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Apocrypha

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Etymology:

"Apocrypha" is from the the Greek αποκρυφος for "hidden, concealed".

Apocrypha refers, in popular usage, to any texts of disputed inspiration or authenticity. Within Christianity, "the Apocrypha" usually refers specifically to 14 books included in the Septuagint (the first Greek language Tanakh - used by Hellenistic Jews) but absent from the Hebrew Masoretic Text.

These books are:

  • 3 Esdras
  • 4 Esdras
  • Tobit
  • Judith
  • Rest of Esther
  • Wisdom
  • Ecclesiasticus
  • Baruch
  • Prayer of Manasses
  • 1 Maccabees
  • 2 Maccabees
  • Song of the Three Children
  • Story of Susanna
  • The Idol Bel and the Dragon

There are other "extra" Septuagint books included in the Bibles of Eastern churches, such as the Book of Enoch, the Book of Jubilees, and 3 and 4 Maccabees.

Since the Council of Trent, most of these books have been accepted as canonical by the Roman Catholic Church (but not 3 or 4 Esdras). The last three of these books are included in Catholic Bibles as part of the Book of Daniel, and the Rest of Esther is included as part of the Book of Esther. Catholics prefer the term deuterocanonical, derived from Greek for "second Canon". In this terminology, "protocanon" refers to those books which were never disputed in the Church, "deuterocanon" those books which were disputed initially but which (Catholics believe) the Church later decided to adopt. Catholics then reserve the term "Apocrypha" for what Protestants call "Psuedipigrapha".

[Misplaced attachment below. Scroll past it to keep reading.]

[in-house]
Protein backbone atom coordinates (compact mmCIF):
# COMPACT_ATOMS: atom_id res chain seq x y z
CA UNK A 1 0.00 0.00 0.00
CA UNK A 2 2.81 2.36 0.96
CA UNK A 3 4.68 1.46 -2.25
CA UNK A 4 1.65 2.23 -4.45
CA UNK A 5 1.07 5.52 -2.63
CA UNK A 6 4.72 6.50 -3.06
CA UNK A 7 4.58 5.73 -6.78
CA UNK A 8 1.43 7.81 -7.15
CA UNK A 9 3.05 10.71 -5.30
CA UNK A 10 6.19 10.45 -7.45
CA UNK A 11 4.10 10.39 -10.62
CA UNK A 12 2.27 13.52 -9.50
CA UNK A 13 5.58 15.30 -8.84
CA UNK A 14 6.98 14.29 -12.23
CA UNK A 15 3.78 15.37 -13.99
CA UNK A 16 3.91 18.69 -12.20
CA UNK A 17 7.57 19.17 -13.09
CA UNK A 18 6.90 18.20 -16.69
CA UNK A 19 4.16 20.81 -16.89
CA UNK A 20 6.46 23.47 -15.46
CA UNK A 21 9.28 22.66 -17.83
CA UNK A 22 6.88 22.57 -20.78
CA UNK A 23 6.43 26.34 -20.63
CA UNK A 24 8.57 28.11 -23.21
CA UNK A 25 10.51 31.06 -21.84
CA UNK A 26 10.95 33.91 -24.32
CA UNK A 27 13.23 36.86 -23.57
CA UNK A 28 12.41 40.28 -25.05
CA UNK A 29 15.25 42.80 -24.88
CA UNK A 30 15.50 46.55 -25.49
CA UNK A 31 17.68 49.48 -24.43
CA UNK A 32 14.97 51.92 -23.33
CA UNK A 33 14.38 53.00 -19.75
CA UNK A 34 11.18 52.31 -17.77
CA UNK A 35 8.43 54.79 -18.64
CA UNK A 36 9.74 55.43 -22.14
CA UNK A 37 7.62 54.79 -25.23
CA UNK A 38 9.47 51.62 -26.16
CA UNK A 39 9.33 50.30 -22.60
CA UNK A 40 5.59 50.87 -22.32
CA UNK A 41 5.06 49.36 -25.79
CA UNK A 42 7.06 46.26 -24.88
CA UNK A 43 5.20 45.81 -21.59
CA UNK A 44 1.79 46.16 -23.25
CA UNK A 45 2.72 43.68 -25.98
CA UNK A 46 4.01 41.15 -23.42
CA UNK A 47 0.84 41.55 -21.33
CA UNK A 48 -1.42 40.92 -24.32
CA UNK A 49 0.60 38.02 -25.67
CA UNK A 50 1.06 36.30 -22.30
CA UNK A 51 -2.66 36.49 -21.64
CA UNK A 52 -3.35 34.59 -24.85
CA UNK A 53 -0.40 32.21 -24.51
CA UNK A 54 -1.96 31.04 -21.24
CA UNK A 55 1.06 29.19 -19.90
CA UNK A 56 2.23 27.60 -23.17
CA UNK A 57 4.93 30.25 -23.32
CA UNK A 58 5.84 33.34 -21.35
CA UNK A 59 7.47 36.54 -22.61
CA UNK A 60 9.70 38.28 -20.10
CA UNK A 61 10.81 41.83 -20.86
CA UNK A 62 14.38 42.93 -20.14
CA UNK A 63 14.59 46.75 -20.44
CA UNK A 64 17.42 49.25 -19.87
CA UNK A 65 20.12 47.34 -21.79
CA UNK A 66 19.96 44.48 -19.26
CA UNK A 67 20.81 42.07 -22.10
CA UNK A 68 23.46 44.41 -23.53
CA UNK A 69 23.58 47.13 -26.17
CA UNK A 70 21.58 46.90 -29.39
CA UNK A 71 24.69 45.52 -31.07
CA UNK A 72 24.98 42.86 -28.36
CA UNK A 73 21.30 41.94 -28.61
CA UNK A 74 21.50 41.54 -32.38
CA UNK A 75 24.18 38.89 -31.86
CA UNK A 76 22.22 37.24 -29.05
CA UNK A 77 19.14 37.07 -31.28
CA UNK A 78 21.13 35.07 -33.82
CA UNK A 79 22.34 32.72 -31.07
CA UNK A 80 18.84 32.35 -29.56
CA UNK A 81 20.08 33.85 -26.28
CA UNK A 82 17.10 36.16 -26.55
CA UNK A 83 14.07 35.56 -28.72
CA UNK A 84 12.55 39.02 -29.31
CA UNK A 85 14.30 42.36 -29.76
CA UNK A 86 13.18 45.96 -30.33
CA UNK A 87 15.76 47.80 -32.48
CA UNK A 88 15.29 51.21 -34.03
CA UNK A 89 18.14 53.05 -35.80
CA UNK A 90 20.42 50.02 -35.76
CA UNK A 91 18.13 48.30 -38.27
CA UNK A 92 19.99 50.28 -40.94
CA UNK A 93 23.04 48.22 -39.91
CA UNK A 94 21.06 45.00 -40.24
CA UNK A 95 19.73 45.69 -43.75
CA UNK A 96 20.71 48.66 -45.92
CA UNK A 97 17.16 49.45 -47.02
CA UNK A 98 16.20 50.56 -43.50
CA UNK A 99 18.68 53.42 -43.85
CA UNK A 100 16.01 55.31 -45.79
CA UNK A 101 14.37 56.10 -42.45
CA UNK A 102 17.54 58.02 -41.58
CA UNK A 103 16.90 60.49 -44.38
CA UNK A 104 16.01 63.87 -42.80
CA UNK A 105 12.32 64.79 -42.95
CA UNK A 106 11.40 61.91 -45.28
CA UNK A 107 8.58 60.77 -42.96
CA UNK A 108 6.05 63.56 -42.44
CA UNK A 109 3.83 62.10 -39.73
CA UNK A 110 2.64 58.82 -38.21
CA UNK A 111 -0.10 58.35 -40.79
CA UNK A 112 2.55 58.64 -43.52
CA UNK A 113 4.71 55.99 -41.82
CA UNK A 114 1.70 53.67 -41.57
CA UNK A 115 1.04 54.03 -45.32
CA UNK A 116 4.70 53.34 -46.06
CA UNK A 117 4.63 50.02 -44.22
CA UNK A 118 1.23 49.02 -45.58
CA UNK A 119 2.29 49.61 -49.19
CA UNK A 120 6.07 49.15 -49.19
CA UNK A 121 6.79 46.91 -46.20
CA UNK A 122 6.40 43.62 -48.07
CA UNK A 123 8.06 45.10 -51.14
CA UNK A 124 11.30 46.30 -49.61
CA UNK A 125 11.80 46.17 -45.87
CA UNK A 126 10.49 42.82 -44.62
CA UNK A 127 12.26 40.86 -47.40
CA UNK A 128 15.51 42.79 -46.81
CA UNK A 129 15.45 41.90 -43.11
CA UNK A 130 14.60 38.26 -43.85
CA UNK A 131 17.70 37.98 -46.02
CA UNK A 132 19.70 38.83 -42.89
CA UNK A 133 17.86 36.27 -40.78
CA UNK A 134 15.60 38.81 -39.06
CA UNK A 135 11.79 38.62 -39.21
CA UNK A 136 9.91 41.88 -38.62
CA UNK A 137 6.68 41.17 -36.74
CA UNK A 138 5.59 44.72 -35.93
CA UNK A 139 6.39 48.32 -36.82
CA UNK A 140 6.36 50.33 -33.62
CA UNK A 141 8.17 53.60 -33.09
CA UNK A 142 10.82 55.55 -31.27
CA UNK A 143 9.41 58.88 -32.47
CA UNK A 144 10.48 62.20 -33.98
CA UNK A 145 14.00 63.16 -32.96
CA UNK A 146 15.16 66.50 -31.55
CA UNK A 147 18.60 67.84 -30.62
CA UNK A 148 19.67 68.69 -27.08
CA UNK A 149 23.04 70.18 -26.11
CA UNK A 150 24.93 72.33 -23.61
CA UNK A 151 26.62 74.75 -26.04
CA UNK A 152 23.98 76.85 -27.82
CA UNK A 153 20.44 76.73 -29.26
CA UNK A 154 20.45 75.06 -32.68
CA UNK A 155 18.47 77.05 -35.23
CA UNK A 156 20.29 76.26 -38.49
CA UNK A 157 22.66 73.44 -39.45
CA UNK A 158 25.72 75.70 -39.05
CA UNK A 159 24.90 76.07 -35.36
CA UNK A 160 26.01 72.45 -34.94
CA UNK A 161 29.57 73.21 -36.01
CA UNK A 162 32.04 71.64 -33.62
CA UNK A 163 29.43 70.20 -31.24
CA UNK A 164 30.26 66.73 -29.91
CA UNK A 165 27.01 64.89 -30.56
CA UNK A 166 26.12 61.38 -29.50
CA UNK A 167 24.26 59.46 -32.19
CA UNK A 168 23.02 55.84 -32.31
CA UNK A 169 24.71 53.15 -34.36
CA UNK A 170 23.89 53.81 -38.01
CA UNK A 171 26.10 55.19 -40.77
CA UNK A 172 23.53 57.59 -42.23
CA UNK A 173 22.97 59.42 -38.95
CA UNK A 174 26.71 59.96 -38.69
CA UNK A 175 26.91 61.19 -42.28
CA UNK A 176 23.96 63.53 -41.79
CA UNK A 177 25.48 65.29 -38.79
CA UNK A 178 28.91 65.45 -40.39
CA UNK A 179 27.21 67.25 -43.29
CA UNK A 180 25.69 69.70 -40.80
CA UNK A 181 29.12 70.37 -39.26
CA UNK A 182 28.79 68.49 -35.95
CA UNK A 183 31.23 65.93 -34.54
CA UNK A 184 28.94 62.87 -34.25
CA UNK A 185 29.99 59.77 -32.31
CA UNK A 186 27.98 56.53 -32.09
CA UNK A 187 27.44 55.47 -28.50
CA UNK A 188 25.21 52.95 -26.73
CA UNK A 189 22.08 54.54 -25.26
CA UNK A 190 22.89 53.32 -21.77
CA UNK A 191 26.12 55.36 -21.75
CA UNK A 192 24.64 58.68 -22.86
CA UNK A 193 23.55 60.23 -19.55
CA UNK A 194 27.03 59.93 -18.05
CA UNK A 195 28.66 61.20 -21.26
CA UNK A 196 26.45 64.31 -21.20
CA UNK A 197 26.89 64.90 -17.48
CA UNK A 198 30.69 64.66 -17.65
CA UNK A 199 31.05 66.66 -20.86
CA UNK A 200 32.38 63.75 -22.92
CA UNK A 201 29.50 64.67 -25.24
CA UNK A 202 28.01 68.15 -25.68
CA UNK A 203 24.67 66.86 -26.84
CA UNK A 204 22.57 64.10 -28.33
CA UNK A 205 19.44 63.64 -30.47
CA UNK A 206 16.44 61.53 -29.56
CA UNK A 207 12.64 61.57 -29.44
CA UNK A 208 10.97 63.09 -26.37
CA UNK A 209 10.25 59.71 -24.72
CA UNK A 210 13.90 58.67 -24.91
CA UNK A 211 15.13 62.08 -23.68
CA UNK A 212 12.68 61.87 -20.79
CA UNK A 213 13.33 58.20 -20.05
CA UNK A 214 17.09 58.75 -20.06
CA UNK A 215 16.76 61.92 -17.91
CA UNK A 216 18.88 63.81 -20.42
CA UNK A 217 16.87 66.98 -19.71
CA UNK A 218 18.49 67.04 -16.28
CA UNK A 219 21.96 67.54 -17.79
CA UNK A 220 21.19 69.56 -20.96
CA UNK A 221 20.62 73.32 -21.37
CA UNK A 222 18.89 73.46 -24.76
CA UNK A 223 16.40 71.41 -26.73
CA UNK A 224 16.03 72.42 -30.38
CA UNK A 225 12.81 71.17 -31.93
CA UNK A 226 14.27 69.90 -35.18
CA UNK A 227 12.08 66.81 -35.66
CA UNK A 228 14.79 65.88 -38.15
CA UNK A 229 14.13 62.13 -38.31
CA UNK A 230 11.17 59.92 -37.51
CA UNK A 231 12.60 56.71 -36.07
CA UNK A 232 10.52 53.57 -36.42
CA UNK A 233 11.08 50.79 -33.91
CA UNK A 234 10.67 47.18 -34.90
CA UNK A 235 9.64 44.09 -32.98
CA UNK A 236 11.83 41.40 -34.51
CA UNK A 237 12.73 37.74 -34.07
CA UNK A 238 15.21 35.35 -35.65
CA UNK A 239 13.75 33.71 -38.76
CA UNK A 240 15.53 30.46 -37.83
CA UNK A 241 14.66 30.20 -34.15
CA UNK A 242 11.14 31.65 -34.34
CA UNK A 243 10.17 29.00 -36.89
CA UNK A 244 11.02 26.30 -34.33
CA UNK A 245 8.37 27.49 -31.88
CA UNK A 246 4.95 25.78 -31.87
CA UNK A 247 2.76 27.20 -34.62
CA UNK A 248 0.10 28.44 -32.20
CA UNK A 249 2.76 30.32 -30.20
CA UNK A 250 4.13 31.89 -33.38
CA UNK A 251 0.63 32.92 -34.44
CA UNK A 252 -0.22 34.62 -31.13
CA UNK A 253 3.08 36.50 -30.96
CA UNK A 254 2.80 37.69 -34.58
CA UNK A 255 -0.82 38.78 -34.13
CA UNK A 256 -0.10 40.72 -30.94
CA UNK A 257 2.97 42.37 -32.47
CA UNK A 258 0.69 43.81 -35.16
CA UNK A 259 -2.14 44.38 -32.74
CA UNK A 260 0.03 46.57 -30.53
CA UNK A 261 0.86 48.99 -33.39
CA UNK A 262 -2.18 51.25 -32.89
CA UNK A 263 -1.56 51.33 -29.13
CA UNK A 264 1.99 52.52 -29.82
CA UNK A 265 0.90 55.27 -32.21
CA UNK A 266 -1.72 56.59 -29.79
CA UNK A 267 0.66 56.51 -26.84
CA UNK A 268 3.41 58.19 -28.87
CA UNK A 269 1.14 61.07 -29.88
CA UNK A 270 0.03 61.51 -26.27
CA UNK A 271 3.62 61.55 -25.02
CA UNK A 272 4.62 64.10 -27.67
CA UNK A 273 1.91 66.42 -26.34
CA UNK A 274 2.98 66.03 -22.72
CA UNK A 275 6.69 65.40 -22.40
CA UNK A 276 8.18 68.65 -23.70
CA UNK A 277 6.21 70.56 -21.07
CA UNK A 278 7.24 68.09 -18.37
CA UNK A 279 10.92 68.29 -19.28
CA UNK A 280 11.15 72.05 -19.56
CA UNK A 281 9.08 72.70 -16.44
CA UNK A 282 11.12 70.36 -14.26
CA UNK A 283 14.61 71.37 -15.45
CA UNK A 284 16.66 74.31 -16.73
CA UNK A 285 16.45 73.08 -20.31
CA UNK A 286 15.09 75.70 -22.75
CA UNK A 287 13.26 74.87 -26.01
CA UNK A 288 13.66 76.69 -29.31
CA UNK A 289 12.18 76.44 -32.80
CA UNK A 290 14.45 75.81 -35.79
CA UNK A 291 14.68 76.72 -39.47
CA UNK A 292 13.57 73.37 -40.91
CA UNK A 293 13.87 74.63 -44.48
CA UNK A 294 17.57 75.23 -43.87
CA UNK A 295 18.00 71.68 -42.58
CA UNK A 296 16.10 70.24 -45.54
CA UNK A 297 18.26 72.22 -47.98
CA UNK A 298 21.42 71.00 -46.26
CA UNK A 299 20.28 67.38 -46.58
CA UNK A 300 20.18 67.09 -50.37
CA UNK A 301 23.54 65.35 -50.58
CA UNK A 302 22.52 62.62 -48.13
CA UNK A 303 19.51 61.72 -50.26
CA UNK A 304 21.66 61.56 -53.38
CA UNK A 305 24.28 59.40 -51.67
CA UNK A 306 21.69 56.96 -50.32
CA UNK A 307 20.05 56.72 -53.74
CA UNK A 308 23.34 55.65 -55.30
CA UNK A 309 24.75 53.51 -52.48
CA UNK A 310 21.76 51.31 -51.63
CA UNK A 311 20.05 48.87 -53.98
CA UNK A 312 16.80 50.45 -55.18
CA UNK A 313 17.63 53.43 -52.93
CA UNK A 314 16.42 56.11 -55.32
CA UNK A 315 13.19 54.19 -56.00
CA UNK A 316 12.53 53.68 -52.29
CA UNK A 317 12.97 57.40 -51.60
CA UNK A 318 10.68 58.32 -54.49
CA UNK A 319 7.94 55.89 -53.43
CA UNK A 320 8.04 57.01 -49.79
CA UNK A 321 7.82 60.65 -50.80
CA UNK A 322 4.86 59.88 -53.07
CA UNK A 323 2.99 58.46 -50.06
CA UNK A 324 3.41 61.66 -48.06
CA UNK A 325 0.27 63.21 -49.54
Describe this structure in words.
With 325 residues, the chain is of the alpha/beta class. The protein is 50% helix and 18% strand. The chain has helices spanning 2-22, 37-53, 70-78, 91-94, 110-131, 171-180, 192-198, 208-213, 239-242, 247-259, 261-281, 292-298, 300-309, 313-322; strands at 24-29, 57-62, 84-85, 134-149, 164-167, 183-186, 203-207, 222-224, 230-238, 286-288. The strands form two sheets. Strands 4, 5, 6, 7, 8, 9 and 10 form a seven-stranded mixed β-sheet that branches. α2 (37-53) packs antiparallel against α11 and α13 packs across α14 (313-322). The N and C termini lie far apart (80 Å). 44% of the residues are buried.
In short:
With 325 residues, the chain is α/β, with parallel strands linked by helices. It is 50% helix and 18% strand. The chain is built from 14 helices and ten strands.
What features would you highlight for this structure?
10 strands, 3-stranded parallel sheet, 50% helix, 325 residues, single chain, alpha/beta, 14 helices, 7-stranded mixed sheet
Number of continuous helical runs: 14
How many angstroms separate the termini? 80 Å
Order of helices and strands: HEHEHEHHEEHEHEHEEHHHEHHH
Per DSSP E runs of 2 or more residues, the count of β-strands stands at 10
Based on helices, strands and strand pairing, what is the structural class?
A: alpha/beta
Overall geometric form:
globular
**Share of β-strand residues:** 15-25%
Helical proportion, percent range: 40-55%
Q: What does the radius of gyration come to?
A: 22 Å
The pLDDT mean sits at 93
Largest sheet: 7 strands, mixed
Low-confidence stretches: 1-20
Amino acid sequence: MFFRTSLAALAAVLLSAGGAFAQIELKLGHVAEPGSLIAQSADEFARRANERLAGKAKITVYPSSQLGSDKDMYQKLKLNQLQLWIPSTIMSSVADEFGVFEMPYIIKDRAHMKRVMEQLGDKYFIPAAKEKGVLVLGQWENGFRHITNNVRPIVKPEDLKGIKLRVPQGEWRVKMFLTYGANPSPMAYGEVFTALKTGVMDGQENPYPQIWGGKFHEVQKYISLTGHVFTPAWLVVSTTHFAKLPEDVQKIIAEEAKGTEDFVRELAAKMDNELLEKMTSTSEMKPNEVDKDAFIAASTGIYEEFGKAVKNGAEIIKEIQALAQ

All of the "extra" Septuagint books (those in the Septuagint but not the Masoretic Text) are excluded from the Tanakh, and their canonicity has been rejected by Judaism. Protestant churches generally adhere to the Hebrew Tanakh as the Christian Old Testament, and thus also reject the canonicity of Apocryphal books. However, the Apocrypha are generally considered to be useful and rewarding to study, and some of the Anglican Communion editions of the Bible include some apocryphal books.

For the Old Testament, the term Apocrypha is usually restricted by Protestants to refer only to those books which are accepted by Catholics or Eastern Orthodox, while the term Pseudepigrapha is used to refer to those books ancient works in a biblical style but never had the same acceptance that the Apocrypha had. By contrast, Catholic usage is to call these books Apocrypha. For the New Testament, the two terms are equivalent, since there exists among Christians a consensus on the canon of the New Testament which is missing for that of the Old.

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